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Electic Field

  1. Jan 29, 2008 #1
    A long, thin rod (length = 4.0 m) lies along the x axis, with its midpoint at the origin. In a vacuum, a +8.0 µC point charge is fixed to one end of the rod, while a -8.0 µC point charge is fixed to the other end. Everywhere in the x, y plane there is a constant external electric field (magnitude = 5.0*10^3 N/C) that is perpendicular to the rod. With respect to the z axis, find the magnitude of the net torque applied to the rod.

    I just don't know where to start. I just need a heads-up or a guide on how to start the problem.
     
  2. jcsd
  3. Jan 29, 2008 #2
    So there will be a force on each of the ends from the external field, and torque is force cross distance. Just think about what would happen if you were to push on the rod with the appropriate forces that would correlate to what the electric field is doing.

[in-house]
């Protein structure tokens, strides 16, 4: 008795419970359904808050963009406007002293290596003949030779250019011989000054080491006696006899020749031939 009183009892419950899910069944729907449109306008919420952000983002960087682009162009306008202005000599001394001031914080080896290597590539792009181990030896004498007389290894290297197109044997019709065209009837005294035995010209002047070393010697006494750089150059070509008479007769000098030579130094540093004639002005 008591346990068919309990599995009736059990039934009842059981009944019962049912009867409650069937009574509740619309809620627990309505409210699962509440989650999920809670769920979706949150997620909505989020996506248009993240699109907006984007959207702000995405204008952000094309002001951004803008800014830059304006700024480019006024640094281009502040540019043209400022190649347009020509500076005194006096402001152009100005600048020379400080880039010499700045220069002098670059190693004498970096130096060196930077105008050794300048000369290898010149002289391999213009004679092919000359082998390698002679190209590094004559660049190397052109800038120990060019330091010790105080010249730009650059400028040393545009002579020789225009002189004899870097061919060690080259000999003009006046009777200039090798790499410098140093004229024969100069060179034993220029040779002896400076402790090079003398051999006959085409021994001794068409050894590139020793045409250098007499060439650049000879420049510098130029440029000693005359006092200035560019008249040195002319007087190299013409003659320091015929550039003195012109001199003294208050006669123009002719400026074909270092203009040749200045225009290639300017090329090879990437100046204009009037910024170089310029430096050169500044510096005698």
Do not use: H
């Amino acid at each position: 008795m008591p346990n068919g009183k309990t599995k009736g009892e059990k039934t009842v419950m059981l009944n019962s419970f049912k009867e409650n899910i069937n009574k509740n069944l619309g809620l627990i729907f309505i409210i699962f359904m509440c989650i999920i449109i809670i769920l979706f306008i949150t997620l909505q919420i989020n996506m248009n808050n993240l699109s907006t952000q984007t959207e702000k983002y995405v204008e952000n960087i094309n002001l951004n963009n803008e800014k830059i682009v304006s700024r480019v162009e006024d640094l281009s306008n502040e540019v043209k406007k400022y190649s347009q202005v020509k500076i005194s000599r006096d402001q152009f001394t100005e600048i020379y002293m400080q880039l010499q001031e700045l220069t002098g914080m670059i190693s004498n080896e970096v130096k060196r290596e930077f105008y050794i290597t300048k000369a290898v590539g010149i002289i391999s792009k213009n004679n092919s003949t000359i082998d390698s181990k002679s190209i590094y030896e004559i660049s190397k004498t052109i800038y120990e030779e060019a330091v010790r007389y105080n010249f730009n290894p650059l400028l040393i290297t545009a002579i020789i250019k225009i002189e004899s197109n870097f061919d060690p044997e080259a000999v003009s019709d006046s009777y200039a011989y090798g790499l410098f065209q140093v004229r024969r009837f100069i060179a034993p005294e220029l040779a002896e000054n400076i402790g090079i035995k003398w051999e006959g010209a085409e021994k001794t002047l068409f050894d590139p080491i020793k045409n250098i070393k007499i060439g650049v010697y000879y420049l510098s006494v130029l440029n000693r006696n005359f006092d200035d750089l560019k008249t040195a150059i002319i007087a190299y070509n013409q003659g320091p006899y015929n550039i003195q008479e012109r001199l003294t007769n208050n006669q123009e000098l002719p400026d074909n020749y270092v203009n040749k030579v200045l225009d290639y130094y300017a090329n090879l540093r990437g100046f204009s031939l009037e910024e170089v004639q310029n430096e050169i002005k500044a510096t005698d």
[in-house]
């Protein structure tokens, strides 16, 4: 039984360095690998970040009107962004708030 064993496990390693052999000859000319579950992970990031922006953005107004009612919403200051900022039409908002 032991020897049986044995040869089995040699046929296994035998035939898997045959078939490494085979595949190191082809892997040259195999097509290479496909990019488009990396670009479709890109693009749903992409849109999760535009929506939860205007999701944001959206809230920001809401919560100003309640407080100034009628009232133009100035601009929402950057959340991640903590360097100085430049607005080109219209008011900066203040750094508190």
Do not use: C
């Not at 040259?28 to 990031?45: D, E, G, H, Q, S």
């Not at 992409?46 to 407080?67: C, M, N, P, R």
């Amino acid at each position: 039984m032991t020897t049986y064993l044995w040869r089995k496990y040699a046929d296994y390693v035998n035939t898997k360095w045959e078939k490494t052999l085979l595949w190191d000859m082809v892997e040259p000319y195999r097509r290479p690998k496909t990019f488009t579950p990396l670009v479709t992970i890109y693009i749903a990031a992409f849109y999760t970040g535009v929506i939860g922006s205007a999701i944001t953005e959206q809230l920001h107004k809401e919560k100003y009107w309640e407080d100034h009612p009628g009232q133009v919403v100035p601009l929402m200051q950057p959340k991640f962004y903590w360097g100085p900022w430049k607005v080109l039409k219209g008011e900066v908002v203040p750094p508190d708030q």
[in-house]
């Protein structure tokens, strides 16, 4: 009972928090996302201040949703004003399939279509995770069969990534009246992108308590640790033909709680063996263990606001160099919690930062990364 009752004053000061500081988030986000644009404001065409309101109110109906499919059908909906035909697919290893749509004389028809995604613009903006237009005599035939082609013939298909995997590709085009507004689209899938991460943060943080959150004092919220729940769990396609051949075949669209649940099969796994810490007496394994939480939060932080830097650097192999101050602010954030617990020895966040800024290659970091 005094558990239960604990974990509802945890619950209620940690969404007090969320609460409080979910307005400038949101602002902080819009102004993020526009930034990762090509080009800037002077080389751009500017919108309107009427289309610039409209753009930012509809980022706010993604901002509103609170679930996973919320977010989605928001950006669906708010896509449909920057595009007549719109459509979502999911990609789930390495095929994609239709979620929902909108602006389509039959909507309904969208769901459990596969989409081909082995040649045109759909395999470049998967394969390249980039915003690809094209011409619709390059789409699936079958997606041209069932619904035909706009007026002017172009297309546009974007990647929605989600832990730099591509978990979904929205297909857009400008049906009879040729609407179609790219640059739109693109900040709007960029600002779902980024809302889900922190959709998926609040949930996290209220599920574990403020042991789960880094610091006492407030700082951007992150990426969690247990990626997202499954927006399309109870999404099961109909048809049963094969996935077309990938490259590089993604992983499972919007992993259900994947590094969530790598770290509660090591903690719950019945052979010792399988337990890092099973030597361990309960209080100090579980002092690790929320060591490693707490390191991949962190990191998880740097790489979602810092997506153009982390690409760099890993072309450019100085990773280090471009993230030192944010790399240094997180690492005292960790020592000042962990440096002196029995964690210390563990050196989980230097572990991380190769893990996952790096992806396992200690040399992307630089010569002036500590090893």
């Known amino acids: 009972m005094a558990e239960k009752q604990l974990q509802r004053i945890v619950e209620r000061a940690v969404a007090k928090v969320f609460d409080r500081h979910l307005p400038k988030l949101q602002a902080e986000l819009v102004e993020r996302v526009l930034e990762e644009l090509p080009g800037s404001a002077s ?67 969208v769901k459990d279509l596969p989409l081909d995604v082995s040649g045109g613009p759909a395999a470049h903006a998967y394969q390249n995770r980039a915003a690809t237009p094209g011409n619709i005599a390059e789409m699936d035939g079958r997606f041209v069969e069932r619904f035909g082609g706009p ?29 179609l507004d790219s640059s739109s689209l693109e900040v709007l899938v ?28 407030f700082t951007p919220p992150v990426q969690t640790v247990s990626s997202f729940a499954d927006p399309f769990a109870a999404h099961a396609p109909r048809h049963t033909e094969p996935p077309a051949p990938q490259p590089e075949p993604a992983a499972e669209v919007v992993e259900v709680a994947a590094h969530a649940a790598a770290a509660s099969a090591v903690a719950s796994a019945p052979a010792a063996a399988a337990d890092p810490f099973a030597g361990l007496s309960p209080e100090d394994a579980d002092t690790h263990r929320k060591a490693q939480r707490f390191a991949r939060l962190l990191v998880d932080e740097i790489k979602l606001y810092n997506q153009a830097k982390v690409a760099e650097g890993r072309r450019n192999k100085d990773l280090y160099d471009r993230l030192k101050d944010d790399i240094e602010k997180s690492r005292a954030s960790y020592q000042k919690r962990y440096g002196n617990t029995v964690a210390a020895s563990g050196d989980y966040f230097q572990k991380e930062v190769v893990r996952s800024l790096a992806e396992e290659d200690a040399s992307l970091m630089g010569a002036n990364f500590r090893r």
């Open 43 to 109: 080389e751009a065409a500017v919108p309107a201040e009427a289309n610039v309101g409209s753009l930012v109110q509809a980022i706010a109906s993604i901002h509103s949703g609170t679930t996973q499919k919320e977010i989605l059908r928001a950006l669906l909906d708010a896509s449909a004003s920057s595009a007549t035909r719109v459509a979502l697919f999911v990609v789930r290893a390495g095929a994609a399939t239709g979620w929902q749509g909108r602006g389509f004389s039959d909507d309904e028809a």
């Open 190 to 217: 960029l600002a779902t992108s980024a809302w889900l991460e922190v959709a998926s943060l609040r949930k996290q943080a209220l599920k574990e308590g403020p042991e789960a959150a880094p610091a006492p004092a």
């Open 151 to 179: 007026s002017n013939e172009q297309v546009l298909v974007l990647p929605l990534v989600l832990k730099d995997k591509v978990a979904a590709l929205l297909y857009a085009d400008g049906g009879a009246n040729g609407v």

4. Jan 29, 2008 #3
    I know that there is a force, two actually acting on each end. The problem is that I don't know what force can there be. Do I use the equation F=qE?
     
  5. Jan 29, 2008 #4
    Yep. :)

    One force will be pointing up and one will be pointing down. Torque!
     
  6. Jan 30, 2008 #5
    How does a perpendicular electric field force a charge to move?
     
  7. Jan 30, 2008 #6
    The field is perpendicular, you might be confusing it with parallel. Picture the rod lying on the x axis, and now picture an electric field in the y direction everywhere. The problem statement is a little vague on what happens afterwards, but presumably the electric field is always perpendicular.
     
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